I mean don’t get me wrong, the Eisenhower Matrix and habit tracker are a nice touch, but I simply wasn’t using these features. I wasn’t even using the built-in calendar feature because I didn’t feel the need to.
The one thing I like about TickTick is its pricing. At the time of writing this article, it costs either £2.79 per month or £25.48 yearly which is almost half the price of Todoist! The pricing was one of the reasons I wanted to like this app, it was so cheap, that I decided to extend my 7-day trial and get the monthly subscription so that I can try it for longer.
However, I still felt that I wasn’t enjoying the app. I didn’t really need to use any of the additional features and the one feature I wanted to see is not available and that’s a WearOS app so that I can tick tasks off on my watch.
I’ve read many good things about Any.Do and I used it for a longer period of time than TickTick. The app has a beautiful, clean interface and it has a very simple way of managing tasks. It even has a basic app available for WearOS, which is something I couldn’t find for TickTick, although they do claim it’s available.
The main advantage of Any.do is the fact that it’s compatible across multiple platforms and it works really well. The pricing is also considerably cheaper than Todoist.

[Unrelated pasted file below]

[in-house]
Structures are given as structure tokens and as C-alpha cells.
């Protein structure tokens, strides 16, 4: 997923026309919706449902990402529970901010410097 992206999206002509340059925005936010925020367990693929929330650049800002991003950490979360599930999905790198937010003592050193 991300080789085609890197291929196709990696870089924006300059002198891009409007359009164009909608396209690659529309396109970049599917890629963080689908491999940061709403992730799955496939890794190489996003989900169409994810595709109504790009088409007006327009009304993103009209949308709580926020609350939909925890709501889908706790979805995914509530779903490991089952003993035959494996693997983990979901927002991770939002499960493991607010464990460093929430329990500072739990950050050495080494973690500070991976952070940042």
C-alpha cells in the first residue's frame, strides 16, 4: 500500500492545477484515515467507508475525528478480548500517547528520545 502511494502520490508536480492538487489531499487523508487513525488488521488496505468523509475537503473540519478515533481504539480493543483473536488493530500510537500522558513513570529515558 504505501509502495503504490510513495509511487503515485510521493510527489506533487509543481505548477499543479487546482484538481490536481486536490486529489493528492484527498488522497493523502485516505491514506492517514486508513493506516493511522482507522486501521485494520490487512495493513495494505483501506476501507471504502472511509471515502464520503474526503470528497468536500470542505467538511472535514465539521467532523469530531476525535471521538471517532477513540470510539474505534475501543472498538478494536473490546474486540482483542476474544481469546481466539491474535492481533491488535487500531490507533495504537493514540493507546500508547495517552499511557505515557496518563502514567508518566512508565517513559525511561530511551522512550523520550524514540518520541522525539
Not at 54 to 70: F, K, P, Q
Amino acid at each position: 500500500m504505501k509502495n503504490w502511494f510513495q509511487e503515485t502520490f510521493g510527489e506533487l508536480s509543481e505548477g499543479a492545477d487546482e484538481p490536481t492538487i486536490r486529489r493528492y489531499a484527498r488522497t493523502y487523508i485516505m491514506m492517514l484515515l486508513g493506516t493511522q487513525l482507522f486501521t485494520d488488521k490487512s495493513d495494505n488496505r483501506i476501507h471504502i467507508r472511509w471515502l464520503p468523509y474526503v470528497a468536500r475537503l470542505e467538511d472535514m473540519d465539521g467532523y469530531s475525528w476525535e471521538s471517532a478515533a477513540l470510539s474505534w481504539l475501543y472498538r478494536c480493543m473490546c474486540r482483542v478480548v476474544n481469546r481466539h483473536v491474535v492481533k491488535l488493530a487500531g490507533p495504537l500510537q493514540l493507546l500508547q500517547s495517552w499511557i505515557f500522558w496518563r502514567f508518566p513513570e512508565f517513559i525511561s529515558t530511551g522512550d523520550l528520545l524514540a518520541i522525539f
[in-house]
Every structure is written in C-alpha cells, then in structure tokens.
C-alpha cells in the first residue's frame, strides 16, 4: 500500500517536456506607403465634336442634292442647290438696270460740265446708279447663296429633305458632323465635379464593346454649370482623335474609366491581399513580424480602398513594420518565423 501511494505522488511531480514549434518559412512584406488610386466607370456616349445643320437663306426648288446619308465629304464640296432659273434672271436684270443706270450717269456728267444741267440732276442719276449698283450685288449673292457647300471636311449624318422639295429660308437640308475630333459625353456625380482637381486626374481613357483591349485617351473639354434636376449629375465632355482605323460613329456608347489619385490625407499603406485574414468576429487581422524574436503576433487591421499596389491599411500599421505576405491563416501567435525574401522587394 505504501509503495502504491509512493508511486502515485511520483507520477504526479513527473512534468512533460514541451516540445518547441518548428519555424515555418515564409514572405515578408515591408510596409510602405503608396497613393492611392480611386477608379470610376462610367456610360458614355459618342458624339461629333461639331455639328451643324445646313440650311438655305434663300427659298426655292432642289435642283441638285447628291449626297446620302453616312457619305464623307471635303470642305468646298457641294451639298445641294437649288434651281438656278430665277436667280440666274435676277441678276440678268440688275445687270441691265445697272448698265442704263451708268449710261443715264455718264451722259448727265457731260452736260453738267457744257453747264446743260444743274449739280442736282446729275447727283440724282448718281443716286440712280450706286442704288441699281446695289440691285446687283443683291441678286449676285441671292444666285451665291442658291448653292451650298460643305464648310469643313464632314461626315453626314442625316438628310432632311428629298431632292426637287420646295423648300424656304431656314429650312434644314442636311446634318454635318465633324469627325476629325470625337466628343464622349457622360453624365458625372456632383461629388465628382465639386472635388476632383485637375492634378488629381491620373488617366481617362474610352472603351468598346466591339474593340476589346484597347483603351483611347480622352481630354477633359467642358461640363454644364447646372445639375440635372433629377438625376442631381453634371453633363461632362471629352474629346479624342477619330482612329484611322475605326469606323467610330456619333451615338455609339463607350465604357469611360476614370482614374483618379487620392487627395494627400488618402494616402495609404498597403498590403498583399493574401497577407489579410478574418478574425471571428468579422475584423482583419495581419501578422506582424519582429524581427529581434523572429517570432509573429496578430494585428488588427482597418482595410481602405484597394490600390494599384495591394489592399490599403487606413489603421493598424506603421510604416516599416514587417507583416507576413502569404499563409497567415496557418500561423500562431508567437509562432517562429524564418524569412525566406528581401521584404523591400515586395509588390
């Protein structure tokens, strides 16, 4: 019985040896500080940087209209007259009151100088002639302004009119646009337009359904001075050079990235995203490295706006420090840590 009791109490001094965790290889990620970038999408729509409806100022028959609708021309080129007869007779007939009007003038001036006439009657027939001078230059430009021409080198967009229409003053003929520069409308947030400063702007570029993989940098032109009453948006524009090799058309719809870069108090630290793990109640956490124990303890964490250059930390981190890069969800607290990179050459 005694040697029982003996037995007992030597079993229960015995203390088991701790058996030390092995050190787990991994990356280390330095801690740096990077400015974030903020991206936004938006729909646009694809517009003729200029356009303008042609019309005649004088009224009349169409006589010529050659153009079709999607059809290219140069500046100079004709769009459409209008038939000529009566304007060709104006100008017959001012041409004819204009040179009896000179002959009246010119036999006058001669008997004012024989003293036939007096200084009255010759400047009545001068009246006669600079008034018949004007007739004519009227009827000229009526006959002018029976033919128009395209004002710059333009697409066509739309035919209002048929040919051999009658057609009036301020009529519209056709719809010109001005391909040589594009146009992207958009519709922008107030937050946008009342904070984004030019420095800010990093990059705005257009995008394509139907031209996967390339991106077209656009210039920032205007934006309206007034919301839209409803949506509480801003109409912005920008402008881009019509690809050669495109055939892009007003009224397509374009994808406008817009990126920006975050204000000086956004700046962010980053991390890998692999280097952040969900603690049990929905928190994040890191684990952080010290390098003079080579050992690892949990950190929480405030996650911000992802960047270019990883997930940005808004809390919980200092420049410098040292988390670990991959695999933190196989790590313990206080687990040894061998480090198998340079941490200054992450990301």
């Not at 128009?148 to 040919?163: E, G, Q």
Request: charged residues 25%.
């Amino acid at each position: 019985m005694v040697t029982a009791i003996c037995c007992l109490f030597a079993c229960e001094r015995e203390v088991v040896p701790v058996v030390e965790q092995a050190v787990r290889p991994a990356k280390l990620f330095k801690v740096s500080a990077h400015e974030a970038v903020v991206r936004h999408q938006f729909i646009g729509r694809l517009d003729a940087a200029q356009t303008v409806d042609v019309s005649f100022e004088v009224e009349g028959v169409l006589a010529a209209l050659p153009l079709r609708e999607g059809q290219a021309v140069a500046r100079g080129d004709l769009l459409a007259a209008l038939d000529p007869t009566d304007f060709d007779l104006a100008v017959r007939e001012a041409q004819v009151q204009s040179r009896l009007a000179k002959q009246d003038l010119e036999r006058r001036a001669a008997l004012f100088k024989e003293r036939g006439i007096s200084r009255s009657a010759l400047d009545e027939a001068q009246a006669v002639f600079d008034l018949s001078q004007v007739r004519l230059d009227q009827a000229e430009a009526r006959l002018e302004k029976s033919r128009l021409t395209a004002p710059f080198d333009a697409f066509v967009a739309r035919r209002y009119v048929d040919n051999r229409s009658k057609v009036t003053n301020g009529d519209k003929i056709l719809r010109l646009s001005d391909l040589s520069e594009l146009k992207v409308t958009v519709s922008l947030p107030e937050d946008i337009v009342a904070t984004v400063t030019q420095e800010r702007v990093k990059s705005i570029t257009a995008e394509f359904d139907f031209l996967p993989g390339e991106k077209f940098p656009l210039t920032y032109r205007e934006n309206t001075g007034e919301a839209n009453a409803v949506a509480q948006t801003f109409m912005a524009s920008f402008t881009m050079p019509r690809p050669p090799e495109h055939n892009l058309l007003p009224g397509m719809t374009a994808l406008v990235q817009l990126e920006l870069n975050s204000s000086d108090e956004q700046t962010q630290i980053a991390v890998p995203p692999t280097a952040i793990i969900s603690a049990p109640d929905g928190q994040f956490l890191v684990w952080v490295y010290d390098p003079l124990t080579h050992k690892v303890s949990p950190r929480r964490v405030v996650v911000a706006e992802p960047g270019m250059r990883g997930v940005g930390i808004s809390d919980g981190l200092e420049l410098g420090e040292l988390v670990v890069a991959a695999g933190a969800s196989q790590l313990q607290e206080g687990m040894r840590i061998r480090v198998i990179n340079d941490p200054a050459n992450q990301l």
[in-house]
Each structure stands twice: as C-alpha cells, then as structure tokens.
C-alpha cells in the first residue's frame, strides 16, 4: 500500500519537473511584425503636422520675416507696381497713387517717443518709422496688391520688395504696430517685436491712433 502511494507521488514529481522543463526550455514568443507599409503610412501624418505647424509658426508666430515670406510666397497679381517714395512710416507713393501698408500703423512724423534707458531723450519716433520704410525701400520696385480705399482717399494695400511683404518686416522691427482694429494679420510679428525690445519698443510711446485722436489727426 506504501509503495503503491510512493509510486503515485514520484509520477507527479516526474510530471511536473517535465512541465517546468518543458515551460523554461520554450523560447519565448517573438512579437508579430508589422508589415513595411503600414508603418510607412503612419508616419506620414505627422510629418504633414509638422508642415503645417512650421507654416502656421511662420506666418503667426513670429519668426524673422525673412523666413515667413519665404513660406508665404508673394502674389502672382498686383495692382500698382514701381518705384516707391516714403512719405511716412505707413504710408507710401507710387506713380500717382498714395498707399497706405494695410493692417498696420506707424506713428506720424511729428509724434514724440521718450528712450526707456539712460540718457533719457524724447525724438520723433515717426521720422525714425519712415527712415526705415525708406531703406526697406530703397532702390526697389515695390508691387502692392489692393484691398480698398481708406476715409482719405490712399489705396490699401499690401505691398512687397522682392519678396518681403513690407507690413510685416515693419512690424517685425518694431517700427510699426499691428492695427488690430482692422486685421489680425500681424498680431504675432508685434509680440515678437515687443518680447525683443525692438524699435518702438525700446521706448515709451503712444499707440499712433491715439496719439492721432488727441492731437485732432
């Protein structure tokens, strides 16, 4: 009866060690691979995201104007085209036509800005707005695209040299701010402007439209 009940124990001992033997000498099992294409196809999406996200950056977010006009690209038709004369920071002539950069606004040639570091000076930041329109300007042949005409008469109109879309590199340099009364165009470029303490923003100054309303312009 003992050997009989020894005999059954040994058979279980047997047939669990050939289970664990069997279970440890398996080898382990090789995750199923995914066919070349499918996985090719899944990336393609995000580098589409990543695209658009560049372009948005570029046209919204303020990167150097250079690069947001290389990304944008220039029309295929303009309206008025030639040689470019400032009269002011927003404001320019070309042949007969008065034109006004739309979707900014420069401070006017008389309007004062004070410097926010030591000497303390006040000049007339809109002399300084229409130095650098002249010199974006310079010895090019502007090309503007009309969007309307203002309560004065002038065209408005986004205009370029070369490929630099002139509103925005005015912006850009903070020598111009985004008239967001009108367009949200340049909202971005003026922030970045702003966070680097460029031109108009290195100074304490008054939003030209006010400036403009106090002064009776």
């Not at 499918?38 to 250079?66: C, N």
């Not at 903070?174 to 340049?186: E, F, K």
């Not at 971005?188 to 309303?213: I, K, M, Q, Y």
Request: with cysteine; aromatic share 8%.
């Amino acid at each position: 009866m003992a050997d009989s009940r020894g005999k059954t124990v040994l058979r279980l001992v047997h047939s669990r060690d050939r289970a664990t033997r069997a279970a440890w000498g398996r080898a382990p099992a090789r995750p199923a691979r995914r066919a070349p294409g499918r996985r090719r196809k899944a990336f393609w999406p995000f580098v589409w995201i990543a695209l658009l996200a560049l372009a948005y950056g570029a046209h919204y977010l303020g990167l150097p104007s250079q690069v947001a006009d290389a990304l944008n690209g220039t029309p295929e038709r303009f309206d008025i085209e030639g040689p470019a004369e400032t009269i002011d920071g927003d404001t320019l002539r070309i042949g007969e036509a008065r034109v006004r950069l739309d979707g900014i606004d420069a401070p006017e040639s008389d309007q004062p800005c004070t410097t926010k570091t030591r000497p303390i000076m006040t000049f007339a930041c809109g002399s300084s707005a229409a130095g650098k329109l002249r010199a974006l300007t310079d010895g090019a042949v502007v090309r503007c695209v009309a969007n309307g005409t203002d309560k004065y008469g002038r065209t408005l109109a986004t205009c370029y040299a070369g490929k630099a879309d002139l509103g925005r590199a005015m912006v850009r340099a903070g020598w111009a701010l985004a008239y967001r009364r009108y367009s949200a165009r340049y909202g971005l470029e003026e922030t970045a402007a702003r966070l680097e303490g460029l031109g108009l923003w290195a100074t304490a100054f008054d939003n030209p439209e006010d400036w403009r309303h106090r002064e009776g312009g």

Any.do has one feature which I love and hate at the same time, the feature is called “Moment” and it’s basically a daily planner which notifies me every morning at a certain time to complete. I like the fact that it gives me motivational quotes on that clean interface, but I hated the intrusive notifications which displayed a floating window.
I also didn’t like the fact that I couldn’t use natural text for tasks, something that Things 3 did pretty well. I found that whilst it does support WearOS, there wasn’t an option to view tasks, it only allowed me to add them which left the WearOS app heavily underutilised.
In the end, I just stopped using it altogether, as I wasn’t enjoying the experience of the app, although it is a stunning app.
Microsoft To Do
The final noteworthy app I wanted to mention is Microsoft To Do, which is actually an app that I use full-time at work. The interface is simple and straight to the point and it has some useful features as well as a nice interface.
For those of you who are unaware, Microsoft acquired a legendary app called Wunderlist, which was actually the first To-Do list app I ever used. It was a basic app that worked incredibly well, and that’s what it was known for. Wunderlist is now called Microsoft To Do and it still is a very good app I enjoy using.